Tuesday, September 8, 2009

That had better be some really good cappuccino

This story has popped up in a few different places over the past few days.

I do think we are slowly and most likely inevitably moving towards a world in which most information is accessed electronically, and we're not going to get there if we keep waiting for the "just right" moment to make a switch.


I don't think a $50,000 coffee shop—complete with $12,000 cappuccino machine—is necessarily indicative of a desire to be on the forefront of electronic access to school library material.

Electronic text has a lot to offer—one of the reasons I find it so appealing is that it is much easier to make electronic text accessible to students with print-based disabilities. But physical books still have their place, and we are still a ways away from having everything available electronically. I think moving towards increased electronic access makes sense, but making that move simply because books take up "too much space" seems short-sighted to me.

The most depressing part of this story for me is how sad the librarian is about the change. I can't imagine being in her position. If you're going to move this significant, the librarian should be completely on board—if she's not, I have a hard time believing that the change is in the best interest of the school.

A library is much, much more than its books. Just because the library has gone digital it doesn't mean that students and teachers will all of a sudden understand how to navigate all of this information; I would argue that information literacy instruction is even more important in after such a radical shift in how students and teachers access resources.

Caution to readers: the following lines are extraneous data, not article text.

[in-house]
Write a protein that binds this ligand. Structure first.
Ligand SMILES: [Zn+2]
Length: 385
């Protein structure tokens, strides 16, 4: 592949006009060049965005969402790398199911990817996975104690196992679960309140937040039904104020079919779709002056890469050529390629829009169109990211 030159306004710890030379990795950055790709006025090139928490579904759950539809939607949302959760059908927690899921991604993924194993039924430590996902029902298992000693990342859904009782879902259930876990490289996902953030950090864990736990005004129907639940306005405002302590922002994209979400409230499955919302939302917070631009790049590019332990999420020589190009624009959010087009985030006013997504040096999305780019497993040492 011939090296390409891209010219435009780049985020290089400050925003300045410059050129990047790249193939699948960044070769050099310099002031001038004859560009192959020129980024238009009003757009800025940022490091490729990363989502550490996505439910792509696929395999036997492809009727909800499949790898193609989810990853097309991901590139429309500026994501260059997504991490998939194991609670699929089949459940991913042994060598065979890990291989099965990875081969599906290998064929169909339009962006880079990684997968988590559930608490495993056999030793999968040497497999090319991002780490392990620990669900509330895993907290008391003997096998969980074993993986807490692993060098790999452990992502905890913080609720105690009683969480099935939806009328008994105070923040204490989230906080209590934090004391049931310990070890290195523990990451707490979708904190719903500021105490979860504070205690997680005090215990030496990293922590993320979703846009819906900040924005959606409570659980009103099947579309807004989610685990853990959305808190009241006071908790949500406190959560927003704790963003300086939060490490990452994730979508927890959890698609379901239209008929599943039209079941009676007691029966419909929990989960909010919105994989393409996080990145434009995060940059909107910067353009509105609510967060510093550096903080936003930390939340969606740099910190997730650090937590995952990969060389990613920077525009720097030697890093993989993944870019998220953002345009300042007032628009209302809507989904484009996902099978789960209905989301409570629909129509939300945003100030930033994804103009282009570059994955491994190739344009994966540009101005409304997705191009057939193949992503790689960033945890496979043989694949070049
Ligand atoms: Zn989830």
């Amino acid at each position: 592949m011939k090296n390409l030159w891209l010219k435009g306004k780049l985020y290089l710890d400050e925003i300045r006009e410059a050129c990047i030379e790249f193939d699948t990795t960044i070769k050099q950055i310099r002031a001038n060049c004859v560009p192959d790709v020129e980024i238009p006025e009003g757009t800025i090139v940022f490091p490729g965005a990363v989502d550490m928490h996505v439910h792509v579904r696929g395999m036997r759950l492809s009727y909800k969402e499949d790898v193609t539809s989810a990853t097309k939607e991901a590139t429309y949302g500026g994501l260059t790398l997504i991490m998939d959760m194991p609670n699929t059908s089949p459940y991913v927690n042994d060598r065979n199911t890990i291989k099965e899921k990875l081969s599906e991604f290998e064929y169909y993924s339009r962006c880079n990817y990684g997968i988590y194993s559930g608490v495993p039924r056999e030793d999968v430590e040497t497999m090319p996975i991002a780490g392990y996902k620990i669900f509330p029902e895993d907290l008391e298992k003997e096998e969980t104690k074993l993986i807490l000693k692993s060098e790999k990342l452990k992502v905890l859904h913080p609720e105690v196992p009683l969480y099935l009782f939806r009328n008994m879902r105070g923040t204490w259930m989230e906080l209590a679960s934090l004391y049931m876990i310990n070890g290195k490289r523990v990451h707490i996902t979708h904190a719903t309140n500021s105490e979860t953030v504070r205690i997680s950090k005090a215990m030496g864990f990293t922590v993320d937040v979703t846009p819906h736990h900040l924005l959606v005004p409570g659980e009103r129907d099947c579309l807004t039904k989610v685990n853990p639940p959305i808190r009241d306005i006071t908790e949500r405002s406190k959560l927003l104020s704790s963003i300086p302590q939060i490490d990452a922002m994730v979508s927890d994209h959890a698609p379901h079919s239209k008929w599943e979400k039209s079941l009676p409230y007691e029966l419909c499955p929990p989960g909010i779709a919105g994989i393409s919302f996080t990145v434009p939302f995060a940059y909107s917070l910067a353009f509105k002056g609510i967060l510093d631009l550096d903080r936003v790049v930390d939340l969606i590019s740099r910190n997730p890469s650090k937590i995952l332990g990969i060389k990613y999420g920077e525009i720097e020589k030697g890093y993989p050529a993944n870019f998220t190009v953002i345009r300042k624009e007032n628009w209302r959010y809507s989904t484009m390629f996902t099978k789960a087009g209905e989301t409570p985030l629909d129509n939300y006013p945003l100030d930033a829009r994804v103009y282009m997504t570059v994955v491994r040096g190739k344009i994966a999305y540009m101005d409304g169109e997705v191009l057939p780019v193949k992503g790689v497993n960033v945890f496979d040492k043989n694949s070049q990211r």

It may be possible to have a library without books. But this doesn't sound like a library without books. It sounds like a coffee shop.


  1. Electronic text certainly has its advantages. (Its ability to be in more than one "place" at the same time neatly resolves some of the collocation issues discussed in your last post). But you lose the ability to browse through it and stumble into interesting things entirely by accident the way you can fanning through actual pages or browsing stacks.

    Plus, there's a whole host of other issues inherent in the brave new world of electronic text. From the article, it sounds like they're at least partially relying on Kindles. Those were the devices that Amazon used (in a "you can't make this stuff up" moment) to delete copies of 1984 after they changed their minds about selling them.

  2. Exactly. There's a lot of things I love about electronic text (it very neatly solves the problem of my lack of additional shelving space), but there's too many issues for me to move 100% to electronic text. Who's to say that the e-books they're spending thousands of dollars on will still be compatible with the readers that come after the Kindle? And--as you point out--who's to say that will even still have access to those books for years to come? While disposal of old, outdated books can be a hassle, in my library *I* prefer to be the one making those decisions, thankyouverymuch.

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